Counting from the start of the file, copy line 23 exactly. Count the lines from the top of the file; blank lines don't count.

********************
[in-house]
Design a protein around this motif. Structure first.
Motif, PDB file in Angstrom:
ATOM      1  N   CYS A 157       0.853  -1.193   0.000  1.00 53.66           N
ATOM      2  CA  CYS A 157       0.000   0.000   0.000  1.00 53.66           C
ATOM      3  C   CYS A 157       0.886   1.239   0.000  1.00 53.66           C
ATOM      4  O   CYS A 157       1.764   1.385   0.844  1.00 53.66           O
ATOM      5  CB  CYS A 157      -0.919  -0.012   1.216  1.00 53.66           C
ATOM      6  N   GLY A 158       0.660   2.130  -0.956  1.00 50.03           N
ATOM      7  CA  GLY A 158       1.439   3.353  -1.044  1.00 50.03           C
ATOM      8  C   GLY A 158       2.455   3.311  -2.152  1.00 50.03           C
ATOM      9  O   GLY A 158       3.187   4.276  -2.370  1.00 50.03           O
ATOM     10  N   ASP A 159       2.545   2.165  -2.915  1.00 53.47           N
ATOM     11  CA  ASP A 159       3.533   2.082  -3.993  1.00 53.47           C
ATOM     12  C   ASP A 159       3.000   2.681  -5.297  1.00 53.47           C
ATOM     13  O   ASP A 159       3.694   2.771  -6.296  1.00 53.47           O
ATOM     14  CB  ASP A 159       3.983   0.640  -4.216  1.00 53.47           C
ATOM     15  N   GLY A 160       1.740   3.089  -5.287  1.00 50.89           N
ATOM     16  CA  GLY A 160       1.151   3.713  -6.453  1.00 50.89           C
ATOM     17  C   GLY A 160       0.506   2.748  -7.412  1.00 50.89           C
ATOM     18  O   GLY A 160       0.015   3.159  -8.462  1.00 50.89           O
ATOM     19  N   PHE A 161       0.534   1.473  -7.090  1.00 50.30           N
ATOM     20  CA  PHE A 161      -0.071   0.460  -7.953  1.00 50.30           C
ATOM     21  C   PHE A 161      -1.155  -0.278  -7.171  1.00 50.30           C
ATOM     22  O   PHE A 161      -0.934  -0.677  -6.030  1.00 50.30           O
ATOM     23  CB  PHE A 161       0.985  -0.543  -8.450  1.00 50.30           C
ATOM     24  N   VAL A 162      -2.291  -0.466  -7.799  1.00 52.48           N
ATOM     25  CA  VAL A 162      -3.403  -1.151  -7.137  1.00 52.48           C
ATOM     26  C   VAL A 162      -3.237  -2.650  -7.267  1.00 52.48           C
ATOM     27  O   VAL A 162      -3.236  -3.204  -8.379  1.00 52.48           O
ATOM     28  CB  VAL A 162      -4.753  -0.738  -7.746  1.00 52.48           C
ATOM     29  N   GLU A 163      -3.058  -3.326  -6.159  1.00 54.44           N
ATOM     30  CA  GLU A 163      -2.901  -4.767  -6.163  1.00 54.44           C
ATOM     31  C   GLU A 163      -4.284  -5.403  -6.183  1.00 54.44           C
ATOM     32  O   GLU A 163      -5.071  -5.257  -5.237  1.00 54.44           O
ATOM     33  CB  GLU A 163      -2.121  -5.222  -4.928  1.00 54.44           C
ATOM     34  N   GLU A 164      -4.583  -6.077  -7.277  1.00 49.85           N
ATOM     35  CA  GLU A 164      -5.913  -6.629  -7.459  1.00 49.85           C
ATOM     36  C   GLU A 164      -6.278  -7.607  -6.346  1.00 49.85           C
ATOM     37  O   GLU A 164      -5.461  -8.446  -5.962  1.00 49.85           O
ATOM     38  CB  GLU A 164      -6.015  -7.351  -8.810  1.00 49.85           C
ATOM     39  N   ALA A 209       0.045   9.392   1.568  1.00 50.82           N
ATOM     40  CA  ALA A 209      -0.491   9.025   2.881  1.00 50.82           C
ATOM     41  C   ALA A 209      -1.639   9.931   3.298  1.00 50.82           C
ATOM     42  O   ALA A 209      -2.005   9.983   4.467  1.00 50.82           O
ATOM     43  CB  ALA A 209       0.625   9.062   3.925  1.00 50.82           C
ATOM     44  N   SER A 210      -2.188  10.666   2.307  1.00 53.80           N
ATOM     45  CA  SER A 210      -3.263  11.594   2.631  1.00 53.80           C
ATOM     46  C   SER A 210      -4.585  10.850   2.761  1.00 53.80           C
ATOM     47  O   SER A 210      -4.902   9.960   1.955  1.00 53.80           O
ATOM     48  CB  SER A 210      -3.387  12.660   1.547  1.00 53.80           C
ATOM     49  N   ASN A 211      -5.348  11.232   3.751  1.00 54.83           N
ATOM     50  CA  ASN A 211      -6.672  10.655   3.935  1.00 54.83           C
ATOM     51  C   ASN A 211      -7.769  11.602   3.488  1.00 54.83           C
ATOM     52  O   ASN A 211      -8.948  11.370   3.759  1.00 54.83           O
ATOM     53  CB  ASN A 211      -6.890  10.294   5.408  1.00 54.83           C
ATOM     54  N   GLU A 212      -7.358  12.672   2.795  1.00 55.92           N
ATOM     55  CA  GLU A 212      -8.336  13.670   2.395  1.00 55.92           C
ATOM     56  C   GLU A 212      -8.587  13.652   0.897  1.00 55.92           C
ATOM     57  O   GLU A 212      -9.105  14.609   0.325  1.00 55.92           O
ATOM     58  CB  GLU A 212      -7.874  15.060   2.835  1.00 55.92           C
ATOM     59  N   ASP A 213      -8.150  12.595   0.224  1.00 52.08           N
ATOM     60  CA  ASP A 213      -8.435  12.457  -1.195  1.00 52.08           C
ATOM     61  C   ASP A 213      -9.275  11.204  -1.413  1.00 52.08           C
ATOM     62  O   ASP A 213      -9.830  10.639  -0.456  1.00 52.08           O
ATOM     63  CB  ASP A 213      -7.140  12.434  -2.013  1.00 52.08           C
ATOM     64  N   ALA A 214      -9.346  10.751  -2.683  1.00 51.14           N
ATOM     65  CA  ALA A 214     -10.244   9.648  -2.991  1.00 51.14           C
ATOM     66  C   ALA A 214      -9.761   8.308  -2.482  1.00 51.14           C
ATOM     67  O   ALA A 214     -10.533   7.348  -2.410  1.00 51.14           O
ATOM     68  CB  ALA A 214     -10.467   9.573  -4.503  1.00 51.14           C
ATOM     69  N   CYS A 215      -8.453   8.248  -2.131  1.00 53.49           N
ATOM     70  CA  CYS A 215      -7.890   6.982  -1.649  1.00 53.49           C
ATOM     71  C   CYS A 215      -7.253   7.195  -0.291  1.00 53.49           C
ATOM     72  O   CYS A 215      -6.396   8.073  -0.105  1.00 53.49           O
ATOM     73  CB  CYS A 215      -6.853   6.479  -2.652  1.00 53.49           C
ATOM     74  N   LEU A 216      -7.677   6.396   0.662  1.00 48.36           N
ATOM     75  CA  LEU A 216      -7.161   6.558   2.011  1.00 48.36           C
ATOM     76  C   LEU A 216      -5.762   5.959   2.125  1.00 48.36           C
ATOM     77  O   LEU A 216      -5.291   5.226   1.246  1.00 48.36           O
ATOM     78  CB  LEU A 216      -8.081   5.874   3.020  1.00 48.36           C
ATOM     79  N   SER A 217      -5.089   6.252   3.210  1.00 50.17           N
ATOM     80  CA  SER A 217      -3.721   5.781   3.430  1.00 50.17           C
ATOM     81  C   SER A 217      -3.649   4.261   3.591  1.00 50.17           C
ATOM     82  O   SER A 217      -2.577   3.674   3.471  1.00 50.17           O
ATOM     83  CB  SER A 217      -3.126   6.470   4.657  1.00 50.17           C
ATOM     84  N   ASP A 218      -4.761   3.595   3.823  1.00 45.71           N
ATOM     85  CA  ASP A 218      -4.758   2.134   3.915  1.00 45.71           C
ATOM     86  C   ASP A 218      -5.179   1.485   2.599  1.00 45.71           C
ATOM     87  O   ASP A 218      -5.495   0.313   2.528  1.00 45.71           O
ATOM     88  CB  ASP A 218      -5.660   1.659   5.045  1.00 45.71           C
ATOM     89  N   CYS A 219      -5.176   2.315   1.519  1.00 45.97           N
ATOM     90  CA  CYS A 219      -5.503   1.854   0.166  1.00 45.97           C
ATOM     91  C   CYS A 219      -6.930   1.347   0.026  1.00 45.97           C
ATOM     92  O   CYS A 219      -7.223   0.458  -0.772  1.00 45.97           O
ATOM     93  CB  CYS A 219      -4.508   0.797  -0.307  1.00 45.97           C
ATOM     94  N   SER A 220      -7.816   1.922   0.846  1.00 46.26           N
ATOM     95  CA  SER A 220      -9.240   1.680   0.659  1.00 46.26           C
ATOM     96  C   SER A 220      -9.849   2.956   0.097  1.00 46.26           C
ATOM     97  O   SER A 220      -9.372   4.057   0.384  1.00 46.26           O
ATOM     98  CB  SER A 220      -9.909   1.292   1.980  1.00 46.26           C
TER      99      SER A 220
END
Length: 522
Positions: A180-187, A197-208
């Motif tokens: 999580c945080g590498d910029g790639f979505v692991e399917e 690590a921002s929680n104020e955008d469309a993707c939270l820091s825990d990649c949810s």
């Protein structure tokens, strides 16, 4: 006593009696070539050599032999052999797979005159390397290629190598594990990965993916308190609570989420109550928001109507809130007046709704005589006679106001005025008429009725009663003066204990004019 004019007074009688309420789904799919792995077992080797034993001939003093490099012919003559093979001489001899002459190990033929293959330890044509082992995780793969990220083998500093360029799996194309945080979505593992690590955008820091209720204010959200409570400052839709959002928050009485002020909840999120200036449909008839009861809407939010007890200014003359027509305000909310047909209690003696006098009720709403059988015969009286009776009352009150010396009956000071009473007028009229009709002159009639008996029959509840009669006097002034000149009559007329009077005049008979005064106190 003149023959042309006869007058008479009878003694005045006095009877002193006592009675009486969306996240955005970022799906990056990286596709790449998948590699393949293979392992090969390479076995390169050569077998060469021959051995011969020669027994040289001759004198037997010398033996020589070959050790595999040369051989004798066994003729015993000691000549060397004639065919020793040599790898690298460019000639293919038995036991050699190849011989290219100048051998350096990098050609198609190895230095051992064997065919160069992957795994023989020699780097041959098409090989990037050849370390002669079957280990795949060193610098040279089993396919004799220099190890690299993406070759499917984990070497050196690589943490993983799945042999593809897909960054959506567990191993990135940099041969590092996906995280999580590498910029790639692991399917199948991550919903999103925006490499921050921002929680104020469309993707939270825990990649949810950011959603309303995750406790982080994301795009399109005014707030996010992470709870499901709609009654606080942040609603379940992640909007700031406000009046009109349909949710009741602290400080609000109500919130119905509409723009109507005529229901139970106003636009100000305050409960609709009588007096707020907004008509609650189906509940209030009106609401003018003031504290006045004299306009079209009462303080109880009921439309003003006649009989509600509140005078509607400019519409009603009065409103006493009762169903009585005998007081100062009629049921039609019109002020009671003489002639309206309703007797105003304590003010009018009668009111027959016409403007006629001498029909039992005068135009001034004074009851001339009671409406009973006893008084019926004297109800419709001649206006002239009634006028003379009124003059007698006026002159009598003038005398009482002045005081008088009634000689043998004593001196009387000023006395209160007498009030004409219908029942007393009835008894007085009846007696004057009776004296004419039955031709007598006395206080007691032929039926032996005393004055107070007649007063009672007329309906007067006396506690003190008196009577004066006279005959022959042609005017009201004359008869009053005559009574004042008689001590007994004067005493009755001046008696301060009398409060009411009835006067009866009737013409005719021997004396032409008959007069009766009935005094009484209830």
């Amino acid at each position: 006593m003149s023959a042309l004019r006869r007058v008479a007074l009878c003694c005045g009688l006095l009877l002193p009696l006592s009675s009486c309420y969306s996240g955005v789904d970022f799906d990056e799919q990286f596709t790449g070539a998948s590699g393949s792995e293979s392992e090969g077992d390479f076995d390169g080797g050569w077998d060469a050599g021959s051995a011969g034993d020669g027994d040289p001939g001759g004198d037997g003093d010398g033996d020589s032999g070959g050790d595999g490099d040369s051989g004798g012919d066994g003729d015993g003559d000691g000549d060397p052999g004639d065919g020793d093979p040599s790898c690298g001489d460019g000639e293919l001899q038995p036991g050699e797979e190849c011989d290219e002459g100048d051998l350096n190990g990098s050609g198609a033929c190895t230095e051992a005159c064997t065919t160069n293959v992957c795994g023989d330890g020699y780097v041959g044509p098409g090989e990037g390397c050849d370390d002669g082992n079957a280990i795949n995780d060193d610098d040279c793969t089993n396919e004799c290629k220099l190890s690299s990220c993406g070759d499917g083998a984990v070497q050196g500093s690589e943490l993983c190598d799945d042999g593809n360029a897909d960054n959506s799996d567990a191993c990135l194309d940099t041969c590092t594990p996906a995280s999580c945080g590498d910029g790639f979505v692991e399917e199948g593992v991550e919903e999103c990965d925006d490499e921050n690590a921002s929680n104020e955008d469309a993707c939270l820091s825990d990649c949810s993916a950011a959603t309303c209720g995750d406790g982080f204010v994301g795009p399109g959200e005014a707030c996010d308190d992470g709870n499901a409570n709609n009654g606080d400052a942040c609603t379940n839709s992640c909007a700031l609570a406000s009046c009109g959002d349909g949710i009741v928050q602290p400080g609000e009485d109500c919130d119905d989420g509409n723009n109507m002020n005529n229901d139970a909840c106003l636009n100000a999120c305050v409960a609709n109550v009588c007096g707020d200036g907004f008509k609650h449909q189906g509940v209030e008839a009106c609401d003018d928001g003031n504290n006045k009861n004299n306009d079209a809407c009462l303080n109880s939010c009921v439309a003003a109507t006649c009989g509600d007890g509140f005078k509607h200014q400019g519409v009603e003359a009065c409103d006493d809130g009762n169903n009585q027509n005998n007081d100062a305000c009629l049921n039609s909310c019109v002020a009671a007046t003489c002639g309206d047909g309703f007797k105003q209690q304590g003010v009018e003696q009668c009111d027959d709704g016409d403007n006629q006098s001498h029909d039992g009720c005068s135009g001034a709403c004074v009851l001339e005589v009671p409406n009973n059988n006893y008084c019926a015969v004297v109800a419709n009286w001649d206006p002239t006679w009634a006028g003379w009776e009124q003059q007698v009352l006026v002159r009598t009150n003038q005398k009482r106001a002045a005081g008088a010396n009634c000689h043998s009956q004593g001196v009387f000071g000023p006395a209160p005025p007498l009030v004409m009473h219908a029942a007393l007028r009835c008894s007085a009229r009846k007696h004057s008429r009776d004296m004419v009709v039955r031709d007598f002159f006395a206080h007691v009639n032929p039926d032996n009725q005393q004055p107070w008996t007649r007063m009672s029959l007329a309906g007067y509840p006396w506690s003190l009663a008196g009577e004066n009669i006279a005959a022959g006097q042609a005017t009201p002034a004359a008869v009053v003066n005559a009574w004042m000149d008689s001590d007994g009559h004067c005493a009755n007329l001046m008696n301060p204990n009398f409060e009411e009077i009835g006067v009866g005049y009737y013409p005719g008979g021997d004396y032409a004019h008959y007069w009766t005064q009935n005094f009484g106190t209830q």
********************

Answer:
ATOM     20  CA  PHE A 161      -0.071   0.460  -7.953  1.00 50.30           C